DVD Review: SUPERNATURAL (1977)

PrintE-mail Written by Julian White

Supernatural (1977) Review

Review: Supernatural / Cert: 15 / Director: Various / Screenplay: Robert Muller / Starring: Denholm Elliott, Charles Kay, Ian Hendry, Jeremy Brett / Release Date: November 18th

No Sam and Dean, sorry. This is another Supernatural, an eight-part late night horror series dating from all the way back in 1977 and never repeated since. Now the BFI have hauled it out of the BBC vaults, stuck it on DVD and sent it out blinking into the light of day. So is it a terrifying sight to behold such as will chill your blood to the very core? Um, next question?

Not that it doesn't try. The scripts – all but one by Robert Muller, a writer who had a background in heavyweight literary adaptations – go all out for a heavy Gothic vibe. There's a hoary framing device of an institution called the Club of the Damned at which white-haired gents scare the willies out of each other with fireside tales, and the stories tip their hats to Mary Shelley, Sheridan Le Fanu and the like.

The undoubted highlight is Countess Ilona, a leisurely two-parter in which the titular countess invites a trio of past lovers – a philandering doctor, a greedy arms dealer and a diva-esque piano virtuoso – to her remote castle on the tenth anniversary of her husband's death... but is he really dead? What lifts this piece is the presence of top thesps Charles Kay and Ian (“pissholes in the snow”) Hendry, who play off each other to fine effect, having fun with Muller's plummy dialogue. Nearly as good is Night of the Marionettes, with the wonderful Gordon Jackson as a Shelley scholar who takes his family to an obscure alpine guest house only to discover there clues to the origins of the Frankenstein story. Meanwhile, in something of a class of its own is Mr Nightingale, a bizarre seriocomic doppelgänger tale about a repressed Englishman staying with a family in Hamburg and driven mad by the attentions of a pair of oversexed frauleins. It's packed full of crazy innuendo of a sort that presumably went right over people's heads back in the '70s, it ends in a fiery conflagration, and it boasts a bravura performance from Jeremy Brett. One to file under WTF, but a lot of fun.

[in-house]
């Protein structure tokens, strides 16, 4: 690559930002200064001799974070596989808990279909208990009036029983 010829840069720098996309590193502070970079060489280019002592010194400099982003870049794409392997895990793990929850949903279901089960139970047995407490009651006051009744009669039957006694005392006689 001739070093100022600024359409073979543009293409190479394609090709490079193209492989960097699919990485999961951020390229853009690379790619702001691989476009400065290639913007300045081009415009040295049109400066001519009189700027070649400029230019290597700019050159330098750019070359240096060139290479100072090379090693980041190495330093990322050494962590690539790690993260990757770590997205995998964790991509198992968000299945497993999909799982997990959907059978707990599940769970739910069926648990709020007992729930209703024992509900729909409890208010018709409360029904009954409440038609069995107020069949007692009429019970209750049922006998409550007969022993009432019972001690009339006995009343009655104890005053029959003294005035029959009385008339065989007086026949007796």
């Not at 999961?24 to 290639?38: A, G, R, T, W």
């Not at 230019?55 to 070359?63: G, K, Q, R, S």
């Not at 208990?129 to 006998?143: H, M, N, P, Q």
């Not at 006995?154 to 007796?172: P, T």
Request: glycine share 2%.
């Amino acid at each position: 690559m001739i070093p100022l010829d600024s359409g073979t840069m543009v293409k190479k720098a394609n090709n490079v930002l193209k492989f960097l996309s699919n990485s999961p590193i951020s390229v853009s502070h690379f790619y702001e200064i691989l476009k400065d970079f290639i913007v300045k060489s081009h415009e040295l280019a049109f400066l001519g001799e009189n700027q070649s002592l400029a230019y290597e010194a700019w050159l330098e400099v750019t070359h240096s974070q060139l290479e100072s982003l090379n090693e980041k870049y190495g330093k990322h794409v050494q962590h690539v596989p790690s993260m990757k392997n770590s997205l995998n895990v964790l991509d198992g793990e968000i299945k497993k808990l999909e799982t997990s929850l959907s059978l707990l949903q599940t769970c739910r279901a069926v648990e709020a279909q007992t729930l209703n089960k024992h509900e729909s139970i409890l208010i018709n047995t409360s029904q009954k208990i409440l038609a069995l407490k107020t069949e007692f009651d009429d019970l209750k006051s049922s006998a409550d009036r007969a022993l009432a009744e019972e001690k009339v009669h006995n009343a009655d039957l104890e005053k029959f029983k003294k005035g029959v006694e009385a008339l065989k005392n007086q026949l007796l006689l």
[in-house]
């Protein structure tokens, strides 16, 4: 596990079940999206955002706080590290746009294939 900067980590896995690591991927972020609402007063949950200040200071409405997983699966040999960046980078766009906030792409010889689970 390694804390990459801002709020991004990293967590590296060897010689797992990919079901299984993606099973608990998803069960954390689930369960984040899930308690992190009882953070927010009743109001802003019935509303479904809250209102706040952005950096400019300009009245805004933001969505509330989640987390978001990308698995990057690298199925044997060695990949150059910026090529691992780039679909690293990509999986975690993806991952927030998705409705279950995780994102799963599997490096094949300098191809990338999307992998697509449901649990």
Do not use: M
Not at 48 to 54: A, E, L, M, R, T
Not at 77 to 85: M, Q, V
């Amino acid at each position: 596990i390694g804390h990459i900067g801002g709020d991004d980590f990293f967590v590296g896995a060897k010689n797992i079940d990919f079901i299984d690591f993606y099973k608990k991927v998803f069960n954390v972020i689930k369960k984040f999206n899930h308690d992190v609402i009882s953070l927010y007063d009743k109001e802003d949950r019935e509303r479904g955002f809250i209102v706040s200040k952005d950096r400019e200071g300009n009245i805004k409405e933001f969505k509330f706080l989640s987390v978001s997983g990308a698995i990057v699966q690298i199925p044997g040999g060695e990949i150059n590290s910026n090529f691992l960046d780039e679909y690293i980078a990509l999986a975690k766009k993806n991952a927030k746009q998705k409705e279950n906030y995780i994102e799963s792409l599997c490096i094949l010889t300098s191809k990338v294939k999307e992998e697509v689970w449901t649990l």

Even the best of the stories, though, suffer from a lack of visual flair and an occasional long-windedness, and the worst pretty much sink under these defects. The show was shot on then-standard 1 inch video and, despite a clean DVD transfer, it still looks miserably drab and cardboardy, studio-bound production values don't help. One to pique the interest of addicts of old-fashioned horror or cult BBC TV shows, but everyone else is probably better off sticking with Sam and Dean.

Extras: Collector's booklet



Suggested Articles:
Nisekoi: False Love Season 2 starts with Chitoge mulling over her romantic feelings for Raku despite
The director Tony Scott is generally associated with his mainstream actioners, from Top Gun to Unsto
As with all Nordic noir Midnight Sun is intricately plotted, well-acted and rammed full of shocking
Nazisploitation! There’s one sub-genre you won’t see getting an Eli Roth-style reimagining of an
scroll back to top

Add comment

Security code
Refresh

Other articles in DVD / Blu-ray Reviews

NISEKOI SEASON 2 22 April 2017

THE HUNGER 22 April 2017

MIDNIGHT SUN 22 April 2017

ELSA: FRAULEIN SS (FRAULEIN DEVIL) 20 April 2017

SHERLOCK SERIES 4 20 April 2017

DRUNKEN MASTER 18 April 2017

THE CHUCK NORRIS COLLECTION 14 April 2017

BLOODY MUSCLE BODYBUILDER IN HELL 10 April 2017

THE CITY OF THE DEAD 10 April 2017

PHANTASM 1 – 5: LIMITED EDITION BLU-RAY COLLECTION 10 April 2017

- Entire Category -

Sign up today!
Banner
Banner
Banner
Banner
Banner
Banner
Banner